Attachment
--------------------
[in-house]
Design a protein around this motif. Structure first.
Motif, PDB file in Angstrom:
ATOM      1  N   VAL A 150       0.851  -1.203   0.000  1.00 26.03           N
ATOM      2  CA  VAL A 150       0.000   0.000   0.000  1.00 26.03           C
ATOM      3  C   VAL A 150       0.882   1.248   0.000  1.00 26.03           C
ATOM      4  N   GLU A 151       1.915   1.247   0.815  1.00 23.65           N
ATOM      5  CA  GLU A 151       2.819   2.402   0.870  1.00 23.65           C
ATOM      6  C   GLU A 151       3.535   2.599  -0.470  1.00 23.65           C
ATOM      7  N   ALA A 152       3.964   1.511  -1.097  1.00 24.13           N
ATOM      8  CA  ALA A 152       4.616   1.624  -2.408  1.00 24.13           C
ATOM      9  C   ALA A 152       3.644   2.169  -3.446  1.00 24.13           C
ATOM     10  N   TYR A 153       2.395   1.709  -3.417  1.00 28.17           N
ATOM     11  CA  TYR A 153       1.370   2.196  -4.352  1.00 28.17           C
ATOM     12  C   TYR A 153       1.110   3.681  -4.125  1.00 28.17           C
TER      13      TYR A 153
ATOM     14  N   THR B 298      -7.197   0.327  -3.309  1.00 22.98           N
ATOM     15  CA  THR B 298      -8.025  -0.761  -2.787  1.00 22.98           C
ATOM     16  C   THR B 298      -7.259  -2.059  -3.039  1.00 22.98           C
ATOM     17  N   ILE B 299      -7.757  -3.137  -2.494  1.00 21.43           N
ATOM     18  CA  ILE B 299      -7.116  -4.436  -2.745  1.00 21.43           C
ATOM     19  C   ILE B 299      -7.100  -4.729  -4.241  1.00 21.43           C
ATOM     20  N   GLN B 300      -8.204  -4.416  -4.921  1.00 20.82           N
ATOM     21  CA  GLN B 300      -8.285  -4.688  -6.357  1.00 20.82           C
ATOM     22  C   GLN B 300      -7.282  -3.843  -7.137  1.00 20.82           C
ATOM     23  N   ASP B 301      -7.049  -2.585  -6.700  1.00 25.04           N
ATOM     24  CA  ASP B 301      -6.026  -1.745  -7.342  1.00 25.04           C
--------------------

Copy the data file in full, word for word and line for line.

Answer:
[in-house]
Design a protein around this motif. Structure first.
Motif, PDB file in Angstrom:
ATOM      1  N   VAL A 150       0.851  -1.203   0.000  1.00 26.03           N
ATOM      2  CA  VAL A 150       0.000   0.000   0.000  1.00 26.03           C
ATOM      3  C   VAL A 150       0.882   1.248   0.000  1.00 26.03           C
ATOM      4  N   GLU A 151       1.915   1.247   0.815  1.00 23.65           N
ATOM      5  CA  GLU A 151       2.819   2.402   0.870  1.00 23.65           C
ATOM      6  C   GLU A 151       3.535   2.599  -0.470  1.00 23.65           C
ATOM      7  N   ALA A 152       3.964   1.511  -1.097  1.00 24.13           N
ATOM      8  CA  ALA A 152       4.616   1.624  -2.408  1.00 24.13           C
ATOM      9  C   ALA A 152       3.644   2.169  -3.446  1.00 24.13           C
ATOM     10  N   TYR A 153       2.395   1.709  -3.417  1.00 28.17           N
ATOM     11  CA  TYR A 153       1.370   2.196  -4.352  1.00 28.17           C
ATOM     12  C   TYR A 153       1.110   3.681  -4.125  1.00 28.17           C
TER      13      TYR A 153
ATOM     14  N   THR B 298      -7.197   0.327  -3.309  1.00 22.98           N
ATOM     15  CA  THR B 298      -8.025  -0.761  -2.787  1.00 22.98           C
ATOM     16  C   THR B 298      -7.259  -2.059  -3.039  1.00 22.98           C
ATOM     17  N   ILE B 299      -7.757  -3.137  -2.494  1.00 21.43           N
ATOM     18  CA  ILE B 299      -7.116  -4.436  -2.745  1.00 21.43           C
ATOM     19  C   ILE B 299      -7.100  -4.729  -4.241  1.00 21.43           C
ATOM     20  N   GLN B 300      -8.204  -4.416  -4.921  1.00 20.82           N
ATOM     21  CA  GLN B 300      -8.285  -4.688  -6.357  1.00 20.82           C
ATOM     22  C   GLN B 300      -7.282  -3.843  -7.137  1.00 20.82           C
ATOM     23  N   ASP B 301      -7.049  -2.585  -6.700  1.00 25.04           N
ATOM     24  CA  ASP B 301      -6.026  -1.745  -7.342  1.00 25.04           C